Strong Joints for Mobility and Freedom

Crackling. Crunching. Popping. Crisp. Hues of red. You may think that I am describing the fall/winter vata weather as the leaves change and fall to the ground. But if instead I am describing the condition of your joints (or those of many of your clients), then you will want to continue reading our discussion on joint health in this issue. The CDC estimates that about 50 million adults in the U.S. have joint issues; that is about 1 in 5 Americans.1 Considering joint health from an Ayurvedic perspective can help alleviate this number. 

The joints are a critical part of the body, though often overlooked until they start creating problems. Let’s briefly review the anatomy of joints. Joints, also called articulations, occur where two bones come together. There are actually three different types of joints, classified based on their mobility.2 Synarthroses joints are immovable joints, such as the joints that occur between the bones of the skull. Amphiarthroses are slightly movable joints, such as the joints that occur between the vertebral bones in the spine. And diarthroses are freely movable joints, which make up the greatest number of joints and are the ones that we routinely think of when we use the word joint; examples of diarthroses joints would be the knee, hip, and elbow. It is these diarthroses joints that we will particularly consider in this article.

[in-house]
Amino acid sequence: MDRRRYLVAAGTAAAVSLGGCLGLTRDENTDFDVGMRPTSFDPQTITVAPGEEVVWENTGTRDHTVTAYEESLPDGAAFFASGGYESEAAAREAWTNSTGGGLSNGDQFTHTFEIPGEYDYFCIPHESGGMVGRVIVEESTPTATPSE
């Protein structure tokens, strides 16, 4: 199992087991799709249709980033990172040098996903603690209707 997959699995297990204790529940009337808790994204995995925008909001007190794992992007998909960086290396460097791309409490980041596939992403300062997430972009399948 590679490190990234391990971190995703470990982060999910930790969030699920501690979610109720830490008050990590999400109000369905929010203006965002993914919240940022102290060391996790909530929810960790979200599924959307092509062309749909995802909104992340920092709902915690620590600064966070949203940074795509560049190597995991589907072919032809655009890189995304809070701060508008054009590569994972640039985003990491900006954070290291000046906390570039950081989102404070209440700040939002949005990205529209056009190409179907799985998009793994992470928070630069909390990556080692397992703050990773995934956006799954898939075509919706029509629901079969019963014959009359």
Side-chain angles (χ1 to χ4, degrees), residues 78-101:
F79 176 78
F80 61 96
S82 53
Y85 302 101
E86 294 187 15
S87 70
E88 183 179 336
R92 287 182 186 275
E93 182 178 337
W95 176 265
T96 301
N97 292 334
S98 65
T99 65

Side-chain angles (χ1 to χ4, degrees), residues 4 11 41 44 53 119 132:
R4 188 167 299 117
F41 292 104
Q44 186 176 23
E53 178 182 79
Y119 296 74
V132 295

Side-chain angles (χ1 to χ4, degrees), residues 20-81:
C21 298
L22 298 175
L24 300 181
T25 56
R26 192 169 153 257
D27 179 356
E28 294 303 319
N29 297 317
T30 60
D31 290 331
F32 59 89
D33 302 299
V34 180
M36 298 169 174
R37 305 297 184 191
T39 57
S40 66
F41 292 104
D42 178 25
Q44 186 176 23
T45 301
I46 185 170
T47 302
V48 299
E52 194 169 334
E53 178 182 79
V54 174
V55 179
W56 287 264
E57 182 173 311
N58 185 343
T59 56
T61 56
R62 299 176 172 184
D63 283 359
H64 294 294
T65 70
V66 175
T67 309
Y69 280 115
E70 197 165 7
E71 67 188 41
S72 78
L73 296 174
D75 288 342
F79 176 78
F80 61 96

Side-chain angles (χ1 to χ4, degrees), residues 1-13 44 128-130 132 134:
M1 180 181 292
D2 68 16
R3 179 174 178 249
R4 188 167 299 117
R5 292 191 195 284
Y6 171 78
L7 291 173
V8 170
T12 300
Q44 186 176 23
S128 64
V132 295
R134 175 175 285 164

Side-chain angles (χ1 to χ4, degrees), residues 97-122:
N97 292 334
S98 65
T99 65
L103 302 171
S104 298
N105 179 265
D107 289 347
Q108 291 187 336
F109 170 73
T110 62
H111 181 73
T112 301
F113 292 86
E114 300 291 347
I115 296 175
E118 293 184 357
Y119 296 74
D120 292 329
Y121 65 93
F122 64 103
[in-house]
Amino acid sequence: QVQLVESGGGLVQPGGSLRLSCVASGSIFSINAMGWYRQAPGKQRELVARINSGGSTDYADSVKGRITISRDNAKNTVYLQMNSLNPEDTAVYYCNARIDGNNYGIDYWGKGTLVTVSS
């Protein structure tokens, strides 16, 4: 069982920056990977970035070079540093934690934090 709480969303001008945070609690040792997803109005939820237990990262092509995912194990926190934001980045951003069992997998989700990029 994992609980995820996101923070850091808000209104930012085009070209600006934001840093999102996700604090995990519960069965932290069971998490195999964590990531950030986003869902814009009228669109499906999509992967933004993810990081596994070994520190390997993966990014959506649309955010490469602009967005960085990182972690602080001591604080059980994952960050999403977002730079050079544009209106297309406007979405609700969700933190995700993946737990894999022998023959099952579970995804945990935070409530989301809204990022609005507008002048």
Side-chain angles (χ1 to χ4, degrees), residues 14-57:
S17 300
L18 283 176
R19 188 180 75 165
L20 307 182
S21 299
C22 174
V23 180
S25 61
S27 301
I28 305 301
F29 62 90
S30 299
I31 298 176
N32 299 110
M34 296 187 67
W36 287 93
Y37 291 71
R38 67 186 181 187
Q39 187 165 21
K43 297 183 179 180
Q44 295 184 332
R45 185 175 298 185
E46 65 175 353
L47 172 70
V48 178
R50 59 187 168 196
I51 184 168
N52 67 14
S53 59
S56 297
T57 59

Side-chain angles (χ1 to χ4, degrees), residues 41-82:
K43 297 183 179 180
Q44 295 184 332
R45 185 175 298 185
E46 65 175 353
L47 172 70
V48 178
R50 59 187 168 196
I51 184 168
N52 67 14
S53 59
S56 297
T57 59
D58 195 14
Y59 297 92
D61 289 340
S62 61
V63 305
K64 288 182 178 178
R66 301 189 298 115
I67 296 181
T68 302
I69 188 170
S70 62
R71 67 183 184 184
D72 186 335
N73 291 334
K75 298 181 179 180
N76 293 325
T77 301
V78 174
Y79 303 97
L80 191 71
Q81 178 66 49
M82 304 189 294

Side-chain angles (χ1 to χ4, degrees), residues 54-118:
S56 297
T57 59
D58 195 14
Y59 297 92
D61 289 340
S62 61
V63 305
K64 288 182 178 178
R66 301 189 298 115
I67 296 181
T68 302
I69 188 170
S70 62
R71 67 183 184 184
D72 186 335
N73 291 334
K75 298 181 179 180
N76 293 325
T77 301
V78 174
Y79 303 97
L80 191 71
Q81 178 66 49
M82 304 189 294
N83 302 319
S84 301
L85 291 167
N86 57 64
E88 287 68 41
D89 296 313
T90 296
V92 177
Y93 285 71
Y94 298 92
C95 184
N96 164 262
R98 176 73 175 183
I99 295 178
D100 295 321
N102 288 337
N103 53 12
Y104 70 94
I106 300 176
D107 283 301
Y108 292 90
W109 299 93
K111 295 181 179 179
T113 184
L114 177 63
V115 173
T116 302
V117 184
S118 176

A Closer Look at Diarthroses Joints